Mental Health Mission Statement: “Working together with community partners to provide mental health services and promote wellness.”
At the Welland McMaster Family Health Team we have two social workers and a mental health nurse available to provide services to our patients. They also work together with the dietitian, occupational therapist, pharmacist, and nurses to provide a comprehensive and holistic (treatment of the whole person) approach to your care. We also partner with many community agencies to ensure that your needs are addressed through the most appropriate service.
A psychiatrist recently joined our team! Dr. David Healy is a leading international psychiatrist and psychopharmacologist.
His area of expertise is in sustainable treatment options for mental health disorders. This includes both medications and lifestyle, as well as other options.
If you want a more detailed mental health consult than usual that might open up new treatment options, ask your doctor if a referral is possible.
Groups, Programs and Workshops
We offer many programs, groups and workshops to our patients, all free of charge (parking costs still apply). For additional information about dates and locations, or to register, contact FHT Reception at 905-734-9699 ext. 3
This is a how-to guide for helping people who struggle with their eating. It takes a cognitive behavioural approach to emotional eating and focuses on why you eat, not what you eat. Our Dietitian and Social Worker run Craving Change. The group consists of one (1) two-hour session per week for four (4) weeks. Speak with your doctor or contact FHT Reception for more information and to register.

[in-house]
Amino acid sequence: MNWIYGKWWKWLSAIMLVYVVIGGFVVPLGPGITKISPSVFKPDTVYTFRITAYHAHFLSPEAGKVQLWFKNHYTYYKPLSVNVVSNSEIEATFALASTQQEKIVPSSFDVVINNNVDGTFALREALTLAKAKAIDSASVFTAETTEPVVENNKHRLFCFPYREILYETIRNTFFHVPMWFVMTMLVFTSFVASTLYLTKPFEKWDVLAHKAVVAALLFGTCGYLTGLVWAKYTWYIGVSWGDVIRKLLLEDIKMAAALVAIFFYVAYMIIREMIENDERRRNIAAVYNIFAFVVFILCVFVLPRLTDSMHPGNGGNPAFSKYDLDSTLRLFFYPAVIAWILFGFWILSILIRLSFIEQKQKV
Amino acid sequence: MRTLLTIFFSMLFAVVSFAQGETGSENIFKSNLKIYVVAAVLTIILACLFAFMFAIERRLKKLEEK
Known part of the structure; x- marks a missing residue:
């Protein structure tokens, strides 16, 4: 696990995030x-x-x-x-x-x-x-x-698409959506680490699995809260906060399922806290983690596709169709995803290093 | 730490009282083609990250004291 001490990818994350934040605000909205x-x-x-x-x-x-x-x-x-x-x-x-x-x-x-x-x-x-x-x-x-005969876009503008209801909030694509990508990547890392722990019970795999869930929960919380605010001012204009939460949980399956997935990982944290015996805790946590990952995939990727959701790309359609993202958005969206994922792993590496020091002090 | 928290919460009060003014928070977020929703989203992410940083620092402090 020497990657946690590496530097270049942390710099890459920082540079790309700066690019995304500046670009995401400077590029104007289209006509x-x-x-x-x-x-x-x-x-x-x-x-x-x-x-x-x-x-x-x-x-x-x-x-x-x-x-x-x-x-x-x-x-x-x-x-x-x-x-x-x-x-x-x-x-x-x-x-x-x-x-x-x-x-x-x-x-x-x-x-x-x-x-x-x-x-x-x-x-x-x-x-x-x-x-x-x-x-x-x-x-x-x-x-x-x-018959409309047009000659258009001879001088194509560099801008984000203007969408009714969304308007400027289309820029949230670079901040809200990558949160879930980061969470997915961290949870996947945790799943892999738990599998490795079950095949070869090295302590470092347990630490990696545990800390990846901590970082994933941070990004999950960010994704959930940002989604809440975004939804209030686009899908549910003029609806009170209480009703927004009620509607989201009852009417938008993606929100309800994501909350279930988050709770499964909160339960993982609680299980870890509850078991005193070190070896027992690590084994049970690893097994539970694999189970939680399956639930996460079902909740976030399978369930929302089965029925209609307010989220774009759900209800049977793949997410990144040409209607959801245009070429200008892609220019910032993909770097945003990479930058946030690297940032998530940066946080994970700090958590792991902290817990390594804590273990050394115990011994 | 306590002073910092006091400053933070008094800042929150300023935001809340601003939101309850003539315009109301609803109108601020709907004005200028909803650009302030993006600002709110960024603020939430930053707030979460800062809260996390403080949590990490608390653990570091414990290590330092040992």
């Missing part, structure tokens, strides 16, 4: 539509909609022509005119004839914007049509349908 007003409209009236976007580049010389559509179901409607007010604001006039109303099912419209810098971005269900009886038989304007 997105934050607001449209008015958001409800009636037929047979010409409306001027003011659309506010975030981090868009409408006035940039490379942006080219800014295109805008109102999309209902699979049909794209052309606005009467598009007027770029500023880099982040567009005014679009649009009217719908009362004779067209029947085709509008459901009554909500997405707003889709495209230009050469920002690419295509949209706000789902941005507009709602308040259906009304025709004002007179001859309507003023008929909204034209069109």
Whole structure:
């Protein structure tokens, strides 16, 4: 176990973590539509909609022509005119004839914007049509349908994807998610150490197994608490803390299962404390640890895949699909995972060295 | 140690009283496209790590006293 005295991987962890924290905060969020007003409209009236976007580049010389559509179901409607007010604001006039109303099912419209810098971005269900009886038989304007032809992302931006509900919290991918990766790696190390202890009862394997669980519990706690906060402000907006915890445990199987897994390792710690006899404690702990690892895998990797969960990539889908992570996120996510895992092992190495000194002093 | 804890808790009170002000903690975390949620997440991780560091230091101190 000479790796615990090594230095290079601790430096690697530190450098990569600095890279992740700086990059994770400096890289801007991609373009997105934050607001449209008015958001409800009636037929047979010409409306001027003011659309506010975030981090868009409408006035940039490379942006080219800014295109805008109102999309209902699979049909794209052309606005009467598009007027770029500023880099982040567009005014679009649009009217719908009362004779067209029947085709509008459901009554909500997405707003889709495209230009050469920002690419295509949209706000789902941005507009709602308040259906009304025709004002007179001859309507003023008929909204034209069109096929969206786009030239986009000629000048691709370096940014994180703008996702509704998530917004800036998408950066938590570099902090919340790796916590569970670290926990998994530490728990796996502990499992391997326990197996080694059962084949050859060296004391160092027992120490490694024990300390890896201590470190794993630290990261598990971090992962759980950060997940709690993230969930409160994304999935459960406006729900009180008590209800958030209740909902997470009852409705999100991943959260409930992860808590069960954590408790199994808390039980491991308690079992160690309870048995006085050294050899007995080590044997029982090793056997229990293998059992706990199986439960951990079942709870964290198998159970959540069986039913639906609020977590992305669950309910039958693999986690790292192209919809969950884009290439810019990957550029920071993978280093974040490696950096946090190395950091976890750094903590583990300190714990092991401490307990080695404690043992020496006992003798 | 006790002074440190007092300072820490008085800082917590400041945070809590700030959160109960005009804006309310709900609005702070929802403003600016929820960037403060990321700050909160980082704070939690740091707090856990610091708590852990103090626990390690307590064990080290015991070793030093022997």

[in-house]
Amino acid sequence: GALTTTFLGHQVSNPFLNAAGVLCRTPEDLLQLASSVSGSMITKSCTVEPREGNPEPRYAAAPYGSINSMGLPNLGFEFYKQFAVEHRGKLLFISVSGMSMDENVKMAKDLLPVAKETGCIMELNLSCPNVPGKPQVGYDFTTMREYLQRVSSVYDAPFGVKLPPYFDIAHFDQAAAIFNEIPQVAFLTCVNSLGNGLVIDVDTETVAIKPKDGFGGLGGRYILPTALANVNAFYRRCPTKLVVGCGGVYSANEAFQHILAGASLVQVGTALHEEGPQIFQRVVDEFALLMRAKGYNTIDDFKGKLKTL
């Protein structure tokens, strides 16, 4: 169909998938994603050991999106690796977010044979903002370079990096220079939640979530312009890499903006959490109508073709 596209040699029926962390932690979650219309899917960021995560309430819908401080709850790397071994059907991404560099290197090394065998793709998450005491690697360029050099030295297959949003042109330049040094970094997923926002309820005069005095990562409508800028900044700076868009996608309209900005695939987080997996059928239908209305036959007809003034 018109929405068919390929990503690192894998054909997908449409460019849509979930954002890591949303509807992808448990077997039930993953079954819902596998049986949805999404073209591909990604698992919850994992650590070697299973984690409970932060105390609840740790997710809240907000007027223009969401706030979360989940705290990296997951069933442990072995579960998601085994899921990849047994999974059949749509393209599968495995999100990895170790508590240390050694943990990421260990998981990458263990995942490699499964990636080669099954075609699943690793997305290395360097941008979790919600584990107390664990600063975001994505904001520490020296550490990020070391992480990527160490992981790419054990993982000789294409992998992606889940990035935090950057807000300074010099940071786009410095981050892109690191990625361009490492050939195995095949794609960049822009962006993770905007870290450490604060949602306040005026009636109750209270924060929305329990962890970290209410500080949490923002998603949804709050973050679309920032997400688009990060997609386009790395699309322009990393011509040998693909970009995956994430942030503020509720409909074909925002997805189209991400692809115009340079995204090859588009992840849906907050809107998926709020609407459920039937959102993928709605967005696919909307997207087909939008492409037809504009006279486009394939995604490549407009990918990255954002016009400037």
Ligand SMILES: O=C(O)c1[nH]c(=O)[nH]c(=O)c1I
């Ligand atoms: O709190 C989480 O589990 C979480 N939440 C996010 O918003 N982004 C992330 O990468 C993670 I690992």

Mindfulness and Meditation during COVID-19
Jon Kabat-Zinn has defined mindfulness as the awareness that arises from paying attention to the body in the present moment, non-judgementally. By focusing on the breath, the idea is to cultivate attention on the body and mind as it is, moment by moment, and so to help with pain and stress, both physical and emotional.
Mindful Breathing - A way to build resilience to stress, anxiety, pain and anger.
Time Required - 5 - 15 minutes daily as a suggested start point.
How to Do it
The most basic way to do mindful breathing is simply to focus your attention on your breath, the inhale and the exhale. You can do this while standing, or in daily activities, but ideally taking time for a breath meditation in a comfortable position is suggested. It can help to set aside a designated time for a mindfulness meditation, particularly if you are stressed or anxious. Experts believe that a regular practice of mindful breathing can make it easier to do it in difficult situations.
Sometimes, especially when trying to calm yourself in a stressful moment, it might help to start by taking a more exaggerated breath: a deep inhale through your nostrils (3 seconds), hold your breath (2 seconds) and a long exhale through your nose or mouth (4 seconds). Otherwise simply observe each breath without trying to adjust it; it may help to focus on the rise or fall of the chest or abdomen or on the nostrils. As you do, you may find that your mind wanders, distracted by thoughts or bodily sensations. That’s ok. Just notice what is happening and gently bring your attention back to your breath.
For guided mindfulness meditations, see Tara Brach's website: www.tarabrach.com/pandemic
For a guided mindfulness meditation delivered by our own Occupational Therapist, click on this link: 13-Minute Intro to Mindfulness
For a guided mindfulness meditation about Mindful Eating, delievered by our own Social Worker, click on this link: Mindful Eating
The Importance of Self-Compassion during COVID-19